UFC 266: Volkanovski vs. Ortega
UFC Fight Night: Volkanovski vs Ortega

The UFC is back with another 13 fight card headlined by a featherweight title between champion Alexander Volkanovski and Brian Ortega.

The action gets started with early prelims on ESPN+ at 6pm EST, then more prelims on ESPNews at 8pm EST followed by the main card on ESPN+ PPV at 10pm EST.

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Alexander Volkanovski (–17) vs. Brian Ortega (+150)

In the main event, UFC featherweight champion Alexander Volkanovski defends his title for the second time against Brian Ortega.  These two were originally supposed to meet in March, but the fight was scrapped when Volkanovski tested positive for COVID-19.

In his first title defense, Volkanovski retained the UFC featherweight title in a split decision over Max Holloway.  He won the title, upsetting Holloway by unanimous decision almost two years ago.  Volkanovski is 9-0 in the UFC and has won 19 fights in a row.  Six of his wins in the UFC have come by decision, with the other three by knockout.

Ortega is coming off a five round unanimous decision victory over Chan Sung Jung.  Prior to that, Ortega suffered the only loss of his career in his first crack at the featherweight title.  Ortega was beaten up by Holloway for four rounds before the fight was called off by the ringside doctor.  Ortega is 7-1 in the UFC with six of his wins coming inside the distance, split evenly between submission and knockout.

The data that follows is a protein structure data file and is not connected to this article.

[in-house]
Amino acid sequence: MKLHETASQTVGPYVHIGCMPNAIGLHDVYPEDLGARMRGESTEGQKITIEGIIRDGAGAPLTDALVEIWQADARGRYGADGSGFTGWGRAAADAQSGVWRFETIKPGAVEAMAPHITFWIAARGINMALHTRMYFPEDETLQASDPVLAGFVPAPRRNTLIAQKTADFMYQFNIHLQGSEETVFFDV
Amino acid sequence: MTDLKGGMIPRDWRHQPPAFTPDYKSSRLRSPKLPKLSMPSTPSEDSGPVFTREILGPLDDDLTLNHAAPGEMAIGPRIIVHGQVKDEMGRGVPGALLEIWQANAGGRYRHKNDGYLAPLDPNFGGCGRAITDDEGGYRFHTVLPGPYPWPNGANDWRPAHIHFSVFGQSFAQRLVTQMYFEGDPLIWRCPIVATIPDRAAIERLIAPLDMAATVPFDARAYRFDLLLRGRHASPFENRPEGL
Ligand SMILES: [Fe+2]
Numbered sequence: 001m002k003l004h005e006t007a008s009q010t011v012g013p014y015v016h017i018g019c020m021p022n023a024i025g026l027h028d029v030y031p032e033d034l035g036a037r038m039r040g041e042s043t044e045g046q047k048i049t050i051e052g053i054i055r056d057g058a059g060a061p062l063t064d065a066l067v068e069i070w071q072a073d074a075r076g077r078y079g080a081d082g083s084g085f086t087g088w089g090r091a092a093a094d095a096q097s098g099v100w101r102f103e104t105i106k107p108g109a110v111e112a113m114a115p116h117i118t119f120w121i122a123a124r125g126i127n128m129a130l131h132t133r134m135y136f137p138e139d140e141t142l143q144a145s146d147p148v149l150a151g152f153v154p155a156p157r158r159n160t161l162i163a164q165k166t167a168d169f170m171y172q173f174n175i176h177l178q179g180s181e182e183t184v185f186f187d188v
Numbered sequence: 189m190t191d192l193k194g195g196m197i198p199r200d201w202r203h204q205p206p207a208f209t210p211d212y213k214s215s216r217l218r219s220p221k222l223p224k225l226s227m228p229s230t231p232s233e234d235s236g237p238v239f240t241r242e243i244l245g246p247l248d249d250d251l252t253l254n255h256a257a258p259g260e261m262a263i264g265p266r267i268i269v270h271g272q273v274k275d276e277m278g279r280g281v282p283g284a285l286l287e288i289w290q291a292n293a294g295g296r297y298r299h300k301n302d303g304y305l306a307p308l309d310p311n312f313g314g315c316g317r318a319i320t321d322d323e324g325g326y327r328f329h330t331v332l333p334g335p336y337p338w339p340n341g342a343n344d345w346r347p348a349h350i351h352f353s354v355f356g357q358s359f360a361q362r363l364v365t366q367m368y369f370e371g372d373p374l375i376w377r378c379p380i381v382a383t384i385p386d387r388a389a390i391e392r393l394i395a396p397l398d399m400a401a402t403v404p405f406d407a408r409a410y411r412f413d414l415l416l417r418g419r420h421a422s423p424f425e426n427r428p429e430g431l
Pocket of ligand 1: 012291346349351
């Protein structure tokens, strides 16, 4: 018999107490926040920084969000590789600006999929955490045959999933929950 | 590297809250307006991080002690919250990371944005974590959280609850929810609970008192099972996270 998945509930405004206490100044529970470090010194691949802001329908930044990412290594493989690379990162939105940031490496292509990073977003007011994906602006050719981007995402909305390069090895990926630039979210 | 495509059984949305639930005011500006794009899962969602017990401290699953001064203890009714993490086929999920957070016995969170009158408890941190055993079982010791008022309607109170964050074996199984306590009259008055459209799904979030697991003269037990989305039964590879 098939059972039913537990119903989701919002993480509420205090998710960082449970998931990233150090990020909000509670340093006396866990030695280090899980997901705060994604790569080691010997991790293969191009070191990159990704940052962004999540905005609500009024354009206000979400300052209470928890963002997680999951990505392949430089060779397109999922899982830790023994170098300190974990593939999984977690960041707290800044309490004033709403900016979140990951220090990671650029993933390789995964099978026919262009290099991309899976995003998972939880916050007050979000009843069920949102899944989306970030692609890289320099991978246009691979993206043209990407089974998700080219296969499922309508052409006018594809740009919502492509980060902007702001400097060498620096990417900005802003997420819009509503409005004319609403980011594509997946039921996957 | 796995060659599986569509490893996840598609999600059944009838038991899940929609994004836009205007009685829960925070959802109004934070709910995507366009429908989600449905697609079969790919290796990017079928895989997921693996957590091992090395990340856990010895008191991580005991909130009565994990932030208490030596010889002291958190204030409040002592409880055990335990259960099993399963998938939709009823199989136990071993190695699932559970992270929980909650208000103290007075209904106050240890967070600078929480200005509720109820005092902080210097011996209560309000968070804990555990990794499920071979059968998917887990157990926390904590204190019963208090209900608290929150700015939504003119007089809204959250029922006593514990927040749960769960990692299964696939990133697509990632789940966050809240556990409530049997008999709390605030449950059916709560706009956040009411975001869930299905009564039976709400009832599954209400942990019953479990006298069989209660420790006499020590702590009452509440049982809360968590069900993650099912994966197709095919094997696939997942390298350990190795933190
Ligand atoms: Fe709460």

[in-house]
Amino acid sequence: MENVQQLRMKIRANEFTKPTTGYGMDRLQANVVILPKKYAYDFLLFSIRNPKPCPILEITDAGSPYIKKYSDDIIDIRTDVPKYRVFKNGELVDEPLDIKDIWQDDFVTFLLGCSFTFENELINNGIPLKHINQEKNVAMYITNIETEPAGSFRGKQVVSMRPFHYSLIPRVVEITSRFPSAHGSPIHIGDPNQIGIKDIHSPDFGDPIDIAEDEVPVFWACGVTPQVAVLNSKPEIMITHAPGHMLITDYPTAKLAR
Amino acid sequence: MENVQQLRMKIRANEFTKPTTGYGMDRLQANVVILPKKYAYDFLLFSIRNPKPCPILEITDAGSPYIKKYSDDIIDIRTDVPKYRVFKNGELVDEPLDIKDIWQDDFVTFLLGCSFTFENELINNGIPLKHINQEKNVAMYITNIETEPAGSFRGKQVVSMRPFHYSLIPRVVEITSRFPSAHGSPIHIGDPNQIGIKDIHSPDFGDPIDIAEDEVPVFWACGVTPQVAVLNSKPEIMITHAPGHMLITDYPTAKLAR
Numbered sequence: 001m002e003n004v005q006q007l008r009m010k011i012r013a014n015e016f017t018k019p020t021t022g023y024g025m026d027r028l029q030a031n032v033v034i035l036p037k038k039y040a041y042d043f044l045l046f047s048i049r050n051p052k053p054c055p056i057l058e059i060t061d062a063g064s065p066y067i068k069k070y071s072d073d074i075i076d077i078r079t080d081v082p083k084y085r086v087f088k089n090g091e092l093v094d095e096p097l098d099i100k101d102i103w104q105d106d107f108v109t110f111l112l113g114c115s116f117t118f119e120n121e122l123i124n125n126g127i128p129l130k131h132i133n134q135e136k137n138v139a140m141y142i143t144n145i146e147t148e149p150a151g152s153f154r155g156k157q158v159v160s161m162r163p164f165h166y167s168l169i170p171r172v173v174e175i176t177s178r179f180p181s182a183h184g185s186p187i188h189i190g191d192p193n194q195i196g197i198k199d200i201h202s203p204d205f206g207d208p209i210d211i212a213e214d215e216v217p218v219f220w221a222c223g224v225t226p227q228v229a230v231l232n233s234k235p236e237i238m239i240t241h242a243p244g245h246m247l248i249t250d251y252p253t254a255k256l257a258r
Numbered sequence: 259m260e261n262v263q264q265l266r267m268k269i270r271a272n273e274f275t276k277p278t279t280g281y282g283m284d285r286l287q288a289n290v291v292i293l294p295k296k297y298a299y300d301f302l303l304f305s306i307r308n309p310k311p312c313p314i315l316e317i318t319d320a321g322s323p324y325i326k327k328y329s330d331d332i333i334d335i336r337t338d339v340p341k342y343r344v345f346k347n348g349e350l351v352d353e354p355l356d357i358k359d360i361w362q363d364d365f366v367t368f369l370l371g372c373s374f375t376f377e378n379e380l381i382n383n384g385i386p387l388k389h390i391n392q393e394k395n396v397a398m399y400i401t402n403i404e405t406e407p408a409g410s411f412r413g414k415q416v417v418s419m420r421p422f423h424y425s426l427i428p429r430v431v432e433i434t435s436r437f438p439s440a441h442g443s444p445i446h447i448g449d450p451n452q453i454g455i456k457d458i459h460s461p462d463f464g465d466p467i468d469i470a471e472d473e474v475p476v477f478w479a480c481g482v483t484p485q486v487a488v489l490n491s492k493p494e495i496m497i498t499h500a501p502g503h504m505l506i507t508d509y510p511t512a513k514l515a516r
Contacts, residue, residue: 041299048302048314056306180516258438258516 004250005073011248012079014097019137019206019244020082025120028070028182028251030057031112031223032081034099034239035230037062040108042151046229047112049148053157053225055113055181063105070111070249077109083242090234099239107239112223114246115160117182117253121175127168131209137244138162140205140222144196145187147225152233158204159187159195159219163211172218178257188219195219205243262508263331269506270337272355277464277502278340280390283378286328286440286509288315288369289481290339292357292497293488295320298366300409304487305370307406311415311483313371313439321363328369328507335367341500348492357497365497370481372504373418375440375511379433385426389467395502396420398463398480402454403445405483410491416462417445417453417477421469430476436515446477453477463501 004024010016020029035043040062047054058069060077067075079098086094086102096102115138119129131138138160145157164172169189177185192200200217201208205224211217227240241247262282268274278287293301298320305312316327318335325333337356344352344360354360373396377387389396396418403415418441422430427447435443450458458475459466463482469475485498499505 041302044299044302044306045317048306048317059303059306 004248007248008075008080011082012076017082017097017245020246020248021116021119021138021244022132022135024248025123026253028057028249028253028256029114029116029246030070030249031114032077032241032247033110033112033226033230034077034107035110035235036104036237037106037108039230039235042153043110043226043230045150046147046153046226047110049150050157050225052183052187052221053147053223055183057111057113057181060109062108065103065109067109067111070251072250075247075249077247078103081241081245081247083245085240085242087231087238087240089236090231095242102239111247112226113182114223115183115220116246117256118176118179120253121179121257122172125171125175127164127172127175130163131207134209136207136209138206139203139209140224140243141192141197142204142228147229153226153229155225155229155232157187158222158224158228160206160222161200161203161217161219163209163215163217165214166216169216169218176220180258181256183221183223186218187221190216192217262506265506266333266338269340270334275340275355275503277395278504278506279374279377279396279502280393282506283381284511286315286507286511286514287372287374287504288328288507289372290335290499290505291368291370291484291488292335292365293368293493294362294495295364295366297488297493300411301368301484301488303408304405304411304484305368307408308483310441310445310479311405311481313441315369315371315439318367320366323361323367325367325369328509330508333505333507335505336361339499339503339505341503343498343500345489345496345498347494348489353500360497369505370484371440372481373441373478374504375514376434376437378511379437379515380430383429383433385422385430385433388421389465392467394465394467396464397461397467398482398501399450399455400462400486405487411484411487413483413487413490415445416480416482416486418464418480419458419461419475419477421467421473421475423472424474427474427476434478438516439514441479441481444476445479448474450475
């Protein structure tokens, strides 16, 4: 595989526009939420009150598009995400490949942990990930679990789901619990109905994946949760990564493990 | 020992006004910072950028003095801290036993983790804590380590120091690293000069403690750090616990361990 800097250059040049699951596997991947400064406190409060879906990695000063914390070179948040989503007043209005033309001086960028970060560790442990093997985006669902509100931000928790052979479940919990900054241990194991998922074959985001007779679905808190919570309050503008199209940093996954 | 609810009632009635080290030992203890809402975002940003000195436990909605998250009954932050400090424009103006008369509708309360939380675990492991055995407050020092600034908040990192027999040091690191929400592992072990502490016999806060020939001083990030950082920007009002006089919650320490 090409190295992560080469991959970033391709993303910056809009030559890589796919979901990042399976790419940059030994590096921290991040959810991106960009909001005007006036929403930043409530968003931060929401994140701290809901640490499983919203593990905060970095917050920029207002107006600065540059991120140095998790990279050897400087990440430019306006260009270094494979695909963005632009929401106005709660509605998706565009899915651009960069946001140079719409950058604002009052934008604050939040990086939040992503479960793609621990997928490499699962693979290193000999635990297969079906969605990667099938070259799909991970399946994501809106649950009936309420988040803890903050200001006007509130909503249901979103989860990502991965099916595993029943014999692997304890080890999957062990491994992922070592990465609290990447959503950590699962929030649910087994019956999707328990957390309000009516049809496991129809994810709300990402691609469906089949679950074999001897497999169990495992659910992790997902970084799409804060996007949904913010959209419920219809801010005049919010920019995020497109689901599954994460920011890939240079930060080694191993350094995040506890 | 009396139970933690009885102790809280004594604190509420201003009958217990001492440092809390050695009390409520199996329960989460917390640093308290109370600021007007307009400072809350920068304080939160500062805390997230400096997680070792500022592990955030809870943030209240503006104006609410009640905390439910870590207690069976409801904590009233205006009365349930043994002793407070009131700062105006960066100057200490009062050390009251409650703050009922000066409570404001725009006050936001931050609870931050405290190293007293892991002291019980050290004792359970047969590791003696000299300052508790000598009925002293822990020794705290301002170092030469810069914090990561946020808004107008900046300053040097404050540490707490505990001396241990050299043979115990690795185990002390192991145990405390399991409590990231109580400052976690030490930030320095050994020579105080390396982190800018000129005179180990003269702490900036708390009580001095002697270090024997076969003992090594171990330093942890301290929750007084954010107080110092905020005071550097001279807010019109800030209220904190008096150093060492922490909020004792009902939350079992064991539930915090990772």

This is a fantastic fight between two of the best featherweights in the world. Volkanovski is a short and stocky powerhouse of a featherweight. He’s an active striker, especially with his kicks and a solid wrestler as well. He’s two inches shorter than Ortega, but he’ll enjoy a two and half inch reach advantage. Ortega has improved his striking as we saw in the Jung fight, but his bread and butter has always been his venomous grappling. He’s not much of a wrestler, though.

Volkanovski is the better pure striker and he’s far more defensively sound than Ortega, but Ortega just pressures forward knowing he has that ace in the hole with his grappling. He isn’t afraid of being taken down and his reckless approach is what him makes him so dangerous every second of the fight. Maybe Volkanovski neutralizes all the grappling and just beats up Ortega for the majority of the fight, but all it takes is that one opening. Something in my gut tells me Ortega finds that opening midway through the fight.